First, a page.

23 Buddhist Temples to Explore in Bhutan
Checkout places to visit in Bhutan
Buddhist Temples to Explore in Bhutan
The white tower of Chhoeten Lhakhang, situated southeast of Paro's town square, tells a story. A perfect example of beautiful Buddhist artwork, Chhoeten Lhakhang displays a statue of Jowo Sakyamuni in the middle of the chapel. The sculptures of Guru Rinpoche and Chenrezig in the chapel add glory to the Lhakhang.
It is famously known as the “Fertility Temple” and is mostly visited by several childless couples from in and around Punakha District. It has become a popular tourist destination with visitors flocking in from all across the world to witness the unusual traditional and cultural ceremonies performed here.
Chorten Kora stupa was built by Lama Ngawang Loday in 1740 where the demon was subdued and it was designed similar to Nepal’s Boudhanath stupa. The festival call Chorten Kora is different from any other festival in Bhutan as there are no dances yet lots of people gather to rejoice the festival from all over Eastern Bhutan and from east-west part of India .
Dechen Phrodrang. meaning "Palace of Great Bliss". is a Buddhist monastery in Thimphu, Bhutan.The monastery contains a number of important historical Bhutanese artifacts including 12th-century paintings monitored by UNESCO and a noted statue of Shabdrung Ngawang Namgyal on the upper floor. In the downstairs chapel, there is a central Sakyamuni Buddha.
Drukgyal Dzong was a fortress and Buddhist monastery, now in ruins, located in the upper part of the Paro District, Bhutan. The dzong was probably built by Tenzin Drukdra in 1649 at the behest of Ngawang Namgyal, Zhabdrung Rinpoche, to commemorate victory over an invasion from Tibet. It is listed as a tentative site in Bhutan's Tentative List for UNESCO inclusion.
Jangtsa Dumgtseg Lhakhang is a Buddhist temple in western Bhutan. The temple is notable as it is in the form of a chorten, very rare in Bhutan. It is located on the edge of a hill between the Paro valley and the Dopchari valley, across the bridge from Paro. The Buddhist iconography depicted in the Chorten is considered a unique repository of the Drukpa Kagyu school
Könchogsum Lhakhang, also known as Tsilung, is a Buddhist monastery in central Bhutan. The temple was founded, according to the saint Pema Lingpa as far back as the 8th century and in 1039, Bonpo Dragtshel, a tertön, discovered texts which had been buried by Padmasambhava in this location. According to legend, the king of the water deities was said to have risen out of the lake beneath the temple and offered Dragtshel a stone pillar and scroll.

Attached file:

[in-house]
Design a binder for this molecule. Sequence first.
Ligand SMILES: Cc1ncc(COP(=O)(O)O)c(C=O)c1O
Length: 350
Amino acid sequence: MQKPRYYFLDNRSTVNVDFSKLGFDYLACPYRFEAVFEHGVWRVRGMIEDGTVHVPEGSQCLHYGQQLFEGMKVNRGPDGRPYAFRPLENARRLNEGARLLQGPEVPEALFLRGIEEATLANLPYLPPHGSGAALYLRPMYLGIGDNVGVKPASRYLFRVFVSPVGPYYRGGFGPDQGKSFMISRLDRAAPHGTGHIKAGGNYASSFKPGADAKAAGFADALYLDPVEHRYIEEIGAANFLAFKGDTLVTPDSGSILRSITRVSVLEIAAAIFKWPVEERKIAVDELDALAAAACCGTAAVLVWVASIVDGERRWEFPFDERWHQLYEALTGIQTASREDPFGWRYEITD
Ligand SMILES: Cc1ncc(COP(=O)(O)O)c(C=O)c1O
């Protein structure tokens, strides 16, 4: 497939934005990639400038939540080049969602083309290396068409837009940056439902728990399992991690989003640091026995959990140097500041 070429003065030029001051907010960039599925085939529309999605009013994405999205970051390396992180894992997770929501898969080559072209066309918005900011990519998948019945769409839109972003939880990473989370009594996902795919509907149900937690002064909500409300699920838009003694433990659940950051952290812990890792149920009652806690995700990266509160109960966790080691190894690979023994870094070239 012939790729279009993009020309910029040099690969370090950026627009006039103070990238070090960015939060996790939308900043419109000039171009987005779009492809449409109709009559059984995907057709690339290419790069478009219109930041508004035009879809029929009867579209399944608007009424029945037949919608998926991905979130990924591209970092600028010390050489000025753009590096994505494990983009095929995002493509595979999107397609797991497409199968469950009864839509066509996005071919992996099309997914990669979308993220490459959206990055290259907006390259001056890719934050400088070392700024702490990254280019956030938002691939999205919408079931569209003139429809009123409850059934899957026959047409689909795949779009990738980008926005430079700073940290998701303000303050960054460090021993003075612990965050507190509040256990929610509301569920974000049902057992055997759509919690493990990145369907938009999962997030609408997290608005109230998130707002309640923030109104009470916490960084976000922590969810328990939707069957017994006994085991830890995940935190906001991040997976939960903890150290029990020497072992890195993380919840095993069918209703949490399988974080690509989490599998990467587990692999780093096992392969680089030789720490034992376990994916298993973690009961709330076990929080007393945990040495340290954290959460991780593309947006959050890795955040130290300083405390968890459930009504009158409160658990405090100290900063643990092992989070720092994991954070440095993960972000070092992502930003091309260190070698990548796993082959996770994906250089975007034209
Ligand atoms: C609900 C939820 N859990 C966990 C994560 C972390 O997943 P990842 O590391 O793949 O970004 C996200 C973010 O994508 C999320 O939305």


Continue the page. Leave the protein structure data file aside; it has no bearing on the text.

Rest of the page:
Kurjey Lhakang also known as the Kurjey Monastery, is located in the Bumthang valley in the Bumthang district of Bhutan. This is the final resting place of the remains of the first three Kings of Bhutan. Also, a large tree behind one of the temple buildings is believed to be a terma that was left there by Padmasambhava.
Lhuentse Dzong is a dzong and Buddhist monastery in Lhuentse District in eastern Bhutan. It lies on the eastern side of the Kuri Chhu and is perched on a spur at the end of a narrow valley. The Dzong was initially known as Kurtoe in the then-isolated Lhuentse District. It is the ancestral home of the House of Wangchuck.
Ngang Lhakhang is a Buddhist monastery in the Choekhor Valley of central Bhutan. It is located not for from Draphe Dzong, which was the residence of the Choekhor Penlop who was ruling the valley before the Drukpa conquest in the 17th century. Also known as the "Swan temple", Ngang lies on the right side of the valley. It is a private temple, built in the 16th century by a Tibetan lama named Namkha Samdrip
Punakha Dzongkhag has been inextricably linked with momentous occasions in Bhutanese history. It served as the capital of the country from 1637 to 1907 and the first national assembly was hosted here in 1953. Punakha Dzong is not only the second oldest and second largest dzong but it also has one of the most majestic structures in the country.
Tamzhing Lhündrup Monastery in Bumthang District in central Bhutan is a Nyingma gompa in Bhutan. Its temple and monastery are remarkable for their direct connection to the Bhutanese tertön and saint, Pema Lingpa and his tulkus. It is now the seat of Sungtrul Rinpoche, the current speech incarnation of Pema Lingpa.
Tashichho Dzong was first constructed in 1216 A.D. by Lama Gyalwa Lhanangpa where Dechen Phodrang now stands above Thimphu. In 1641, Zhabdrung Ngawang Namgyal acquired it but finding it too small, he built another one, known as the lower Dzong. The dzong is located close to Thimphu town, next to the banks of the Wang Chhu River. It is an impressively large structure, surrounded by well-kept lawns and beautiful gardens.